DF: Absolutely. Eventually there will be regional people, reporting to Matt, who run up to 10 different venues. I mentioned earlier about the fundraising events, and we wanted to start them this winter, but the amount of effort required getting the lakes to where they are now has meant Matt just hasn’t had the time to organise them.
PM: Finally, where do you see Embryo 10 years from now?
DF: Ten years from now, I’d like to think we’ll have 50 venues around the nation, from Scotland to Cornwall and Wales to Norfolk. As well as that, I hope we’ll have helped dozens of other fisheries preserve their waters and reduce the number of fish falling victim to predation.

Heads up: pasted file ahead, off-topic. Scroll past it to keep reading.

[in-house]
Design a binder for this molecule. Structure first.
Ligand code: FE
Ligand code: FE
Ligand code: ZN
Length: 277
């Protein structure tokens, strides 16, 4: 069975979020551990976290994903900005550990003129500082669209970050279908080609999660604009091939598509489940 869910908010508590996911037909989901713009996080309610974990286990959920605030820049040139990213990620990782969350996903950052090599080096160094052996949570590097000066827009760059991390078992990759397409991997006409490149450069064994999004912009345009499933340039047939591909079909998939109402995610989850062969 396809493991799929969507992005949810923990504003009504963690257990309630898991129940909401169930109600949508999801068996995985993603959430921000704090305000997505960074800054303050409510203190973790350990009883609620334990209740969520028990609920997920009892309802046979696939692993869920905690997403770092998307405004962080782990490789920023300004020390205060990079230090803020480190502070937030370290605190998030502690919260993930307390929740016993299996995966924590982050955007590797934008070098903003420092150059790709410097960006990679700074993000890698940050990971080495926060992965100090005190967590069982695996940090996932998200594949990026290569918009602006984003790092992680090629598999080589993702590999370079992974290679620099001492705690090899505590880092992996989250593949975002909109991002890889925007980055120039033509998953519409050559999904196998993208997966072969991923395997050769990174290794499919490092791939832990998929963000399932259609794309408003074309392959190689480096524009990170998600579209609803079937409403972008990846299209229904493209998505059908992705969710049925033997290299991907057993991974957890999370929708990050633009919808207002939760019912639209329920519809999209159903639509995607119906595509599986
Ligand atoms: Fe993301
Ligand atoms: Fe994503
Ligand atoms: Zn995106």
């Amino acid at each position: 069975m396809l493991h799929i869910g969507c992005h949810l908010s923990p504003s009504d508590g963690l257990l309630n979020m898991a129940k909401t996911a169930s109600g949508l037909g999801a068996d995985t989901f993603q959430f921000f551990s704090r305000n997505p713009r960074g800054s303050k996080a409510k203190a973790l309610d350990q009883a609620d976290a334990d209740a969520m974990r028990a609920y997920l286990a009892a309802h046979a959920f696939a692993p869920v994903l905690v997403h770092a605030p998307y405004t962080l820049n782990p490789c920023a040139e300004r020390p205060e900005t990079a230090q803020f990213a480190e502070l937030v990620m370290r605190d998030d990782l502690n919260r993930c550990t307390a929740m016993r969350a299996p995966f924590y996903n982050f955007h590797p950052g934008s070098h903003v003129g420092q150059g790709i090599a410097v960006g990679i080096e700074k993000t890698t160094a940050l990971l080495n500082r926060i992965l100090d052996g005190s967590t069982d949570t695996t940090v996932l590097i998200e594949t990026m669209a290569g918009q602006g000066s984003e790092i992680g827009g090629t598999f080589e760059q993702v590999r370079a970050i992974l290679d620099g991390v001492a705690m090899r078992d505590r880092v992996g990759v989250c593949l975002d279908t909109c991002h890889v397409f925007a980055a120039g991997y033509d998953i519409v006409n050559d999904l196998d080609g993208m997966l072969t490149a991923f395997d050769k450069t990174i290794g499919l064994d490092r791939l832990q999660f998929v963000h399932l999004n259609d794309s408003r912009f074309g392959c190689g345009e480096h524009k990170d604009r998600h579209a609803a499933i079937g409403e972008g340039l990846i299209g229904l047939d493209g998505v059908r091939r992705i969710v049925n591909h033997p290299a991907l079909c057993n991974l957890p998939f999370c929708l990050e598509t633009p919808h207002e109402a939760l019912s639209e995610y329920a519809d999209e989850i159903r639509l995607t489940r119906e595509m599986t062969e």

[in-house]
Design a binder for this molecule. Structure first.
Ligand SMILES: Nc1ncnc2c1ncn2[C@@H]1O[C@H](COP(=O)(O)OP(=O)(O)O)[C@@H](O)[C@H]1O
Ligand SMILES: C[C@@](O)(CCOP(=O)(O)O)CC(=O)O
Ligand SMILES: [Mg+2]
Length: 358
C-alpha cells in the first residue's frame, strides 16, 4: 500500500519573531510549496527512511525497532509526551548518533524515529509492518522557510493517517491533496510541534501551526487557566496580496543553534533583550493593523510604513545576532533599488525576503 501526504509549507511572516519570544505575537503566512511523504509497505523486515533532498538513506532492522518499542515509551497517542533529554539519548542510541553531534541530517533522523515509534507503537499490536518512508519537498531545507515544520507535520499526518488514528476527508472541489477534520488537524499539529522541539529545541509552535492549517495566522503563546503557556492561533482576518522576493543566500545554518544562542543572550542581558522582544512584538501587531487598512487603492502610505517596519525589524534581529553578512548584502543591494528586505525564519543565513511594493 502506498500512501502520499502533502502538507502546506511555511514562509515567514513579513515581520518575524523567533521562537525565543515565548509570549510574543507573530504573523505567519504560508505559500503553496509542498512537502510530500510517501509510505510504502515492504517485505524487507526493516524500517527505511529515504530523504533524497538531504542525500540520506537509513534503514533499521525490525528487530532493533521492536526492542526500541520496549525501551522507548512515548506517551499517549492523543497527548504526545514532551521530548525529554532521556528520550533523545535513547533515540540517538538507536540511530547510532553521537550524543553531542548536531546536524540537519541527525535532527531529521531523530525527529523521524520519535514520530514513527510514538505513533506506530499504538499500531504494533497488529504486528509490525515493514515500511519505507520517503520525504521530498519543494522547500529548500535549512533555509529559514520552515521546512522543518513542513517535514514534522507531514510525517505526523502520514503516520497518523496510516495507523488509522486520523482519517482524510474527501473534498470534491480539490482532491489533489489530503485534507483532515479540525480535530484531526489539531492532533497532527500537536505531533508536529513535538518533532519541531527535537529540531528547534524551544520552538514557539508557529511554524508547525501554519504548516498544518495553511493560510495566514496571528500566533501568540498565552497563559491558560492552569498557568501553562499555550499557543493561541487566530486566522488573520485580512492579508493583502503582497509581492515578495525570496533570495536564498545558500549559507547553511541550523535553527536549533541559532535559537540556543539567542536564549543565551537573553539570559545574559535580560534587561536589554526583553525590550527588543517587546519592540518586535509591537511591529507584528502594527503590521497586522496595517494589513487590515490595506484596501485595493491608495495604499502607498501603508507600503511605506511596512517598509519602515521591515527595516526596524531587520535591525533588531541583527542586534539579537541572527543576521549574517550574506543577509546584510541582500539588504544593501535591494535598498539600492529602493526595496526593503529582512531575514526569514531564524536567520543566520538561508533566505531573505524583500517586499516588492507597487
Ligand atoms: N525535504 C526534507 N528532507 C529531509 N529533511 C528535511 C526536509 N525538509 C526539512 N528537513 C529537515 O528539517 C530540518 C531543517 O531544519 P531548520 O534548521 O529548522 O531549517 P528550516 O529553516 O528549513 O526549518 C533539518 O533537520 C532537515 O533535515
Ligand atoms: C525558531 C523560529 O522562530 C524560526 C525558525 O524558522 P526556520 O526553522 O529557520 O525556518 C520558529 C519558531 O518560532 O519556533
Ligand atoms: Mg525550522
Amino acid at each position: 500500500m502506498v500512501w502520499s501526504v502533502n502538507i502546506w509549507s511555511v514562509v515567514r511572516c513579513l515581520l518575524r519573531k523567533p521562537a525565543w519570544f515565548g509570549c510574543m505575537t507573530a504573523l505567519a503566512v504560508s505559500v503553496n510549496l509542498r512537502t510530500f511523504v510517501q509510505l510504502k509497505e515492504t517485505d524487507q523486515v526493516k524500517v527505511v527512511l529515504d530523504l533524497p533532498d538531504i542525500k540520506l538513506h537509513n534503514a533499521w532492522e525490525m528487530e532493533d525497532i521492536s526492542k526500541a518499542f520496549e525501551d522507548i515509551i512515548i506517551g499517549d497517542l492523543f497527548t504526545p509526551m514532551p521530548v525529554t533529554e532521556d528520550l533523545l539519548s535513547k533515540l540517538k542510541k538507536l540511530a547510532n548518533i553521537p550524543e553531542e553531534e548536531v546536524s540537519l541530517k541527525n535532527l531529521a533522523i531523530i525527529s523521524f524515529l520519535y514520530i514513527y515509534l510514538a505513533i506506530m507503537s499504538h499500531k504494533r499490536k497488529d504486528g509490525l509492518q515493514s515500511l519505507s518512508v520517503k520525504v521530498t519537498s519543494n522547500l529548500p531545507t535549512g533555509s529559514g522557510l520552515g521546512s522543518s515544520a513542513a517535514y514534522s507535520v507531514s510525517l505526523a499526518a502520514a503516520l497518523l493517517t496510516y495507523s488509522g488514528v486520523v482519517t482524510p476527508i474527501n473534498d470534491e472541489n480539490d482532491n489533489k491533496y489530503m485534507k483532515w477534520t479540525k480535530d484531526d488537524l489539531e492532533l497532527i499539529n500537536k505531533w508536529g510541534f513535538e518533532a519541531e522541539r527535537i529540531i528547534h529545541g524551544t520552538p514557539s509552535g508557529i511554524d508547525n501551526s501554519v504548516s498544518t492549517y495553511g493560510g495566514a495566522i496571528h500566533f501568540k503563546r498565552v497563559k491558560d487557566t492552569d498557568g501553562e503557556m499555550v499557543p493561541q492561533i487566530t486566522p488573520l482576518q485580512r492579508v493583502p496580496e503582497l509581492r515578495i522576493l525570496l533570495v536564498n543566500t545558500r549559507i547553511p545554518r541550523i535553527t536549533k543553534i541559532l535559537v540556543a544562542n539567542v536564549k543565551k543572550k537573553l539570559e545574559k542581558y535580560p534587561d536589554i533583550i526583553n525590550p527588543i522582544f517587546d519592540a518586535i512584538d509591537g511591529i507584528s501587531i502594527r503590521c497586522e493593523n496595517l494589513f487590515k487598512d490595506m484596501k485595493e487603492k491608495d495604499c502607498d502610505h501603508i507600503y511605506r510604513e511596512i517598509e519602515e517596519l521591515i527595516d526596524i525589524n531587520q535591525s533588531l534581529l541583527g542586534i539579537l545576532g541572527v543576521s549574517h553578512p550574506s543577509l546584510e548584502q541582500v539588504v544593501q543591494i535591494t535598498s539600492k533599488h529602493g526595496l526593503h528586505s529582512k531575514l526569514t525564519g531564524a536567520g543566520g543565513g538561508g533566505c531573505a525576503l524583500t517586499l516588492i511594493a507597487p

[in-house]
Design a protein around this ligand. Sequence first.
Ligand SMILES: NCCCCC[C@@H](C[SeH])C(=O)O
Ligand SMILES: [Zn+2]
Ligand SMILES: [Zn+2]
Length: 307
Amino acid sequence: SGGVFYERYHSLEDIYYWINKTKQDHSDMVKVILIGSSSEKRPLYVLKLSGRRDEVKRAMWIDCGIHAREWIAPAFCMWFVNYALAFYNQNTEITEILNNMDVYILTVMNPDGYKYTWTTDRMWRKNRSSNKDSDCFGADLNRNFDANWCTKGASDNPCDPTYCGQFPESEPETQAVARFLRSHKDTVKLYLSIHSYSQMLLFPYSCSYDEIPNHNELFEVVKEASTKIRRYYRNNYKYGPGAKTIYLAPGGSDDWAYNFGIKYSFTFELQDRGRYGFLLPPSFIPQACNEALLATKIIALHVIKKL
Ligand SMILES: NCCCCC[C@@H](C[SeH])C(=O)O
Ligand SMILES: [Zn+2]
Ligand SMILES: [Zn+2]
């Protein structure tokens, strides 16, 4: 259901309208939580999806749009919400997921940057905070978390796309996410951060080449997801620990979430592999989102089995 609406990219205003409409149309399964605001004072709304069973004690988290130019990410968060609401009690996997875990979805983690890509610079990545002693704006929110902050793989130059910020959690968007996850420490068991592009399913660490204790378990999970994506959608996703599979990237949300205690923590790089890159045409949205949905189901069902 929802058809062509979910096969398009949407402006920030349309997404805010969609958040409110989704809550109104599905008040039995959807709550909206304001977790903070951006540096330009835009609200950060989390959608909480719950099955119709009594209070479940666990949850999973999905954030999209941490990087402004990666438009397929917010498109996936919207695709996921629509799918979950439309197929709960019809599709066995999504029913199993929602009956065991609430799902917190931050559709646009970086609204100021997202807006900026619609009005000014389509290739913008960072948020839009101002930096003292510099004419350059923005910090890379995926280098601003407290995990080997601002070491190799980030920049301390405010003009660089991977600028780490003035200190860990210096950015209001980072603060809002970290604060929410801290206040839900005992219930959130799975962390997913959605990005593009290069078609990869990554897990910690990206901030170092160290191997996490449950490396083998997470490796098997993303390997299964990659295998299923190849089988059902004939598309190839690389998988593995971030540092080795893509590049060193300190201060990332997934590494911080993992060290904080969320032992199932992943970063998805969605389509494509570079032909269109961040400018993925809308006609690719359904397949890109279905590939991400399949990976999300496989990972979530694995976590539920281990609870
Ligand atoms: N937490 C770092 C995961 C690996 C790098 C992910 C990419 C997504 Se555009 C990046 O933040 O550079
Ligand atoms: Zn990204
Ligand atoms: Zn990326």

I also hope that when we’ve got our own fish-farming operations around the country we can contribute to what the Environment Agency is doing and help put fish back into the rivers. Whether it’s Thames barbel or Norfolk roach, it would be fantastic to get to the point where we can help. It’s certainly not just carp that we stand for.
PM: Do you have a get-out clause if things don’t go according to plan?
DF: No, I don’t do failure!